Best Bar Stools

Updated March 2023
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BestReviews spends thousands of hours researching, analyzing, and testing products to recommend the best picks for most consumers. We only make money if you purchase a product through our links, and all opinions about the products are our own. Read more  
BestReviews spends thousands of hours researching, analyzing, and testing products to recommend the best picks for most consumers. We buy all products with our own funds, and we never accept free products from manufacturers.Read more 
Bottom line
Best of the Best
Boraam Augusta Bar Height Swivel Stool
Augusta Bar Height Swivel Stool
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Quality Design
Bottom Line

With its nice wood finish, comfortable cushion, and ability to swivel around, this is a solid choice.


Features a wooden back and legs, which flare out at the bottom to give more sturdiness, and faux leather upholstery in black. Has a footrest for added comfort. The seat swivels 360 degrees. Assembly process is relatively simple.


The cushioned foam seat is not very wide.

Best Bang for the Buck
Angel Line Cambridge Padded Saddle Bar Stools
Angel Line
Cambridge Padded Saddle Bar Stools
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Simple yet Solid
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An affordable duo that offers stylish looks and solid construction.


Basic yet attractive; showcases a contrasting white frame and gray upholstered seat with a 29-inch height. Easy to assemble. Comes in a set of 2 stools.


Rare reports of stitching coming loose after a short time and cushion sagging in the middle.

Powell Company Big and Tall Copper Stamped Back Barstool with Arms
Powell Company
Big and Tall Copper Stamped Back Barstool with Arms
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Unique & Spacious
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It's a solid option if you are looking for a rugged model with a decorative design.


Features a unique design with a rich bronze finish and swivel motion. Has a spacious, soft, upholstered seat that accommodates larger individuals. Easy to assemble.


The design may be a bit bulky for smaller spaces, and you get only 1 stool for the price.

DHP Luxor Bar Stool Set
Luxor Bar Stool Set
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Bottom Line

This industrial-inspired set of barstools is perfect for outdoors and indoors.


The combination of wood and metal makes for sturdy and attractive chairs. The backrest lets you lean back and relax. The seat is 30 inches high with a weight limit of 200 pounds.


Some wished the seats were a little wider. Others needed to place cushions on them.

Flash Furniture Contemporary Barstool
Flash Furniture
Contemporary Barstool
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Adjustable Height
Bottom Line

This swivel chair has a backrest and an adjustable height.


The seat rests right at most counter heights, and if your counter is different the seat’s height is adjustable. The leg is metal for added durability. It comes in sets of 1 or 2.


Some colors don’t exactly match the image. The seat shifts down roughly an inch when you sit on it.


We recommend these products based on an intensive research process that's designed to cut through the noise and find the top products in this space. Guided by experts, we spend hours looking into the factors that matter, to bring you these selections.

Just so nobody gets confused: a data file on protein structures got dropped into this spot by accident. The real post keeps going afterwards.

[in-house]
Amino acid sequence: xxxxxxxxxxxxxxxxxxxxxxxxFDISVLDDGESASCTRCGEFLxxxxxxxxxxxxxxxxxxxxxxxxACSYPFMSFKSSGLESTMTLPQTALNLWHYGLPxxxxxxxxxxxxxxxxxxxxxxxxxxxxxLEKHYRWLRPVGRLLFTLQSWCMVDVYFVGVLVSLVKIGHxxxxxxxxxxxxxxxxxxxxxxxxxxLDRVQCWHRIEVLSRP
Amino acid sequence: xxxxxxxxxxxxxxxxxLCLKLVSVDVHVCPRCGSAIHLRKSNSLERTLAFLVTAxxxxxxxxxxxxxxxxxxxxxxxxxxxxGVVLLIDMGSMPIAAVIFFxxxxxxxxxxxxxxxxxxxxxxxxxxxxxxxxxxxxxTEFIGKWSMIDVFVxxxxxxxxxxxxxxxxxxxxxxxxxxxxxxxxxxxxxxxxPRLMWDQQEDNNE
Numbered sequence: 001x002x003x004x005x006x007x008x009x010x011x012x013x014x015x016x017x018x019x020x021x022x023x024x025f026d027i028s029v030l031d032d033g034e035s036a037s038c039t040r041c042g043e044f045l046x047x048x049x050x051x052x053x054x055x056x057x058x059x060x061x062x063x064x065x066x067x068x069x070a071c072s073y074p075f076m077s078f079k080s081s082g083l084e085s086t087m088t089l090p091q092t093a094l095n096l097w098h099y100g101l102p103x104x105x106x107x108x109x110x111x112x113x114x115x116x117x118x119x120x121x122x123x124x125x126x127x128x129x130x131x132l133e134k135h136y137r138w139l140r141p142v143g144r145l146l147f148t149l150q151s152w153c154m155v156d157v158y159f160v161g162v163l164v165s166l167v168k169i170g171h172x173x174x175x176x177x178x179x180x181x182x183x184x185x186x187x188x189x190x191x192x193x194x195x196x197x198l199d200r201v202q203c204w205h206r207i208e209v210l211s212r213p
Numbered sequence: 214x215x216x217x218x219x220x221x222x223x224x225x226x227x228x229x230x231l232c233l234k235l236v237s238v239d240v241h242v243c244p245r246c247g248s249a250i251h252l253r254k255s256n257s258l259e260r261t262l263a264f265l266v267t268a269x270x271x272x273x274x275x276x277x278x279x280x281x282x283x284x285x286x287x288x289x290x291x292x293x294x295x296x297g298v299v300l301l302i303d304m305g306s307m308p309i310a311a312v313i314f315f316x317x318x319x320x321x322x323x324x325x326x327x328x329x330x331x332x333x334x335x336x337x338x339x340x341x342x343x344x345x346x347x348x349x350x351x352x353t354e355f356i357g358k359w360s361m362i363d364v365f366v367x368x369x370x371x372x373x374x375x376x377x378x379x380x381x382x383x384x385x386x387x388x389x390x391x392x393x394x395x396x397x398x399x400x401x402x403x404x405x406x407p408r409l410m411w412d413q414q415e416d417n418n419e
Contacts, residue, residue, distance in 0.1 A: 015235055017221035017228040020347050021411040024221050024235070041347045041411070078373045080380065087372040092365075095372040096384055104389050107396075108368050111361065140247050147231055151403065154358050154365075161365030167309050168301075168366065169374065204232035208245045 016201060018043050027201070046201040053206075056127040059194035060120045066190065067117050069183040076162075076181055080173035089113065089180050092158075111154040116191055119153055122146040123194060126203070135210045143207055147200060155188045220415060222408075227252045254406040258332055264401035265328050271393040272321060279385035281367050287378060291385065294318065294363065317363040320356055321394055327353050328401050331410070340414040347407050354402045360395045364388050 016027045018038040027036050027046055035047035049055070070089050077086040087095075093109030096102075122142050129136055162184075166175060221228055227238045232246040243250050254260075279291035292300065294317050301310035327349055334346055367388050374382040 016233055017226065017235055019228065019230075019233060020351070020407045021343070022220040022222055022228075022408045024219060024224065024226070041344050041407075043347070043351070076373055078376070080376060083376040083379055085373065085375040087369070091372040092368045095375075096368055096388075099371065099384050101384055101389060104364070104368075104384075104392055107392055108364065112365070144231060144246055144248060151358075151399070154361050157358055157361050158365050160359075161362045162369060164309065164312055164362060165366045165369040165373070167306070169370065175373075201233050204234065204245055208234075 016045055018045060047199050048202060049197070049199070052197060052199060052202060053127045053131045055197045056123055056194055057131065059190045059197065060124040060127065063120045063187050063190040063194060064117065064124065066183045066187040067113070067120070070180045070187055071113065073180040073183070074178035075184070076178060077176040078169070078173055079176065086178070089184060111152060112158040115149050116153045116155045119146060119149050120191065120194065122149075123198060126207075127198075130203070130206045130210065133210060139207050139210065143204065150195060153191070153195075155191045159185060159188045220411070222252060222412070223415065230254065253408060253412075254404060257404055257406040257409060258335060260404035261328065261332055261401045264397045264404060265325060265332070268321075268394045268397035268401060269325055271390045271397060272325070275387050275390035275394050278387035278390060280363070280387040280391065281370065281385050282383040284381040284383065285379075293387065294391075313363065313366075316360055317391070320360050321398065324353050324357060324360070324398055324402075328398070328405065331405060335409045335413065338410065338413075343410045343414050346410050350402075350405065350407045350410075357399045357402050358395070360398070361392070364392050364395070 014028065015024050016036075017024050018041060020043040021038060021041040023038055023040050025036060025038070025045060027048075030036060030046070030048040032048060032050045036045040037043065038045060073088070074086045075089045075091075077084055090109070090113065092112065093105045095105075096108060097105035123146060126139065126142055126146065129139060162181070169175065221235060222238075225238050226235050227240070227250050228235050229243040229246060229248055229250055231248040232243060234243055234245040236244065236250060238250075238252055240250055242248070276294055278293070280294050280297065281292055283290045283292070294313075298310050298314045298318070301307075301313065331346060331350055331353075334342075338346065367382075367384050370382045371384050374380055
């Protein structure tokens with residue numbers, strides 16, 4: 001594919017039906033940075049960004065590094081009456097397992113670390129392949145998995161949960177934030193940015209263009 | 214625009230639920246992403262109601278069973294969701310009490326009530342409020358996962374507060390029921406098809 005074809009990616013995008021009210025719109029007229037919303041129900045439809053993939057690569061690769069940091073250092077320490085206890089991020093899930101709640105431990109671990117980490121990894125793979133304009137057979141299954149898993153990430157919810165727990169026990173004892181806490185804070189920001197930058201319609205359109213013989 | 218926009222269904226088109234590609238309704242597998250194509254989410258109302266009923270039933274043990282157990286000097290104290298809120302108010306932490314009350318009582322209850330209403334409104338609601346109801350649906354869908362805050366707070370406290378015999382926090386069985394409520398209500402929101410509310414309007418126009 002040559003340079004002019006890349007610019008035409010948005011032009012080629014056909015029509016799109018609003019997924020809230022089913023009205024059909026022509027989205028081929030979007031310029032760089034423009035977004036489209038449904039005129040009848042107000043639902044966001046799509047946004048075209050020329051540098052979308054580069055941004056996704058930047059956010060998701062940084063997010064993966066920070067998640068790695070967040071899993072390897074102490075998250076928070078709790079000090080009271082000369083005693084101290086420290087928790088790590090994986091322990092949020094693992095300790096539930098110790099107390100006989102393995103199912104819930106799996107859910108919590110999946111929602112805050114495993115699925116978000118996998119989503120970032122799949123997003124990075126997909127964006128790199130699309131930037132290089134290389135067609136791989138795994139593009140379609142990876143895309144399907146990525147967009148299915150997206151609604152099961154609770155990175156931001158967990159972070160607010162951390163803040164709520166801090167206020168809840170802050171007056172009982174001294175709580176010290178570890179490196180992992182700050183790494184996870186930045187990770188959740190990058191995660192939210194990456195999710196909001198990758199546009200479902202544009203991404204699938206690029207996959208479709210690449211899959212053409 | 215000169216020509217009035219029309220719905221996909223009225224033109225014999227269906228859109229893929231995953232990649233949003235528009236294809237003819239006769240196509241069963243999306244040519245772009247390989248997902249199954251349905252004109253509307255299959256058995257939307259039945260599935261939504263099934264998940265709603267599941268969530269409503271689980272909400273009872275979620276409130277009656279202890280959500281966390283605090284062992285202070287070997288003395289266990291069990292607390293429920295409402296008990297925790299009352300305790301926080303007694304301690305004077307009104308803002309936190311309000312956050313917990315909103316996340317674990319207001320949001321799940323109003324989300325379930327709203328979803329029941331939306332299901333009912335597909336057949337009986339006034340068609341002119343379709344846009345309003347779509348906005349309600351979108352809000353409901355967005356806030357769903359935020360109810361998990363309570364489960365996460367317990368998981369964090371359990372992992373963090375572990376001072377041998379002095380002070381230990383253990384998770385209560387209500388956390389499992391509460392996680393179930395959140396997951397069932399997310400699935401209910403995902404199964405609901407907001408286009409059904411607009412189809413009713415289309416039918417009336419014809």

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Buying guide for best bar stools

There’s something classic yet edgy about bar stools, especially when they’re a seating option in your home. Whether you have a high-top table or an enviable home bar, you should invest in bar stools that exude style.

Bar stools have made great strides since their days as the go-to, wobbly fixture in clubs and restaurants. They’ve adopted curvaceous features, elegant chair backs, and even swivel capabilities. Basically, if you’re looking for a bar stool to fit into your design vision, you’ll probably find exactly what you have in mind. 

With so many bar stools now on the market, where do you begin? Pull up a chair (no pun intended) and give our buying guide a read.

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When you’re remodeling the kitchen and installing a new island or countertop, make bar stools your last purchase. You’ll need exact measurements, and you’ll want to see the finished room to find the perfect match.

Key considerations

Tables and counters

If you’re buying bar stools, it’s because you need seating to accompany tables or counters. To get your search on the right track, start by measuring the height from the floor to the bottom of the countertop (not the top of it). Yes, it sounds strange, but what you’re measuring is the clearance between the seat and the counter. After all, bar stools measure an average of 30 inches tall. Measuring is to ensure you don’t choose stools that are too tall, which could prove uncomfortable — or impossible — for guests to use to sit at the counter.


Take a good look around your room and think about its theme. Bar stools might not be an exact match for a bistro table, kitchen island, or bar counter, but they should complement the overall tone of the room. 

Traditional bar stools feature skinny legs and a plain, flat seat, a design that is classic and versatile enough to work with most décor. If you’re looking for a more coordinated look, modern designs featuring metal, teak, upholstery, or leather might suit the room better.

Seat shape

Classic bar stool seats are round, which accommodates individuals of all shapes and sizes. There are also oval, rectangular, and square seats, though these less traditional shapes come with their own considerations.

Oval bar stool seats have great curb appeal, but they might be too tapered on the sides for some occupants. 

Rectangular stools often fit well beneath a counter when they’re not in use, however they might be too narrow to sit in comfortably. 

Square stools have a classic seat shape, though if they’re too small, only kids will enjoy sitting on them.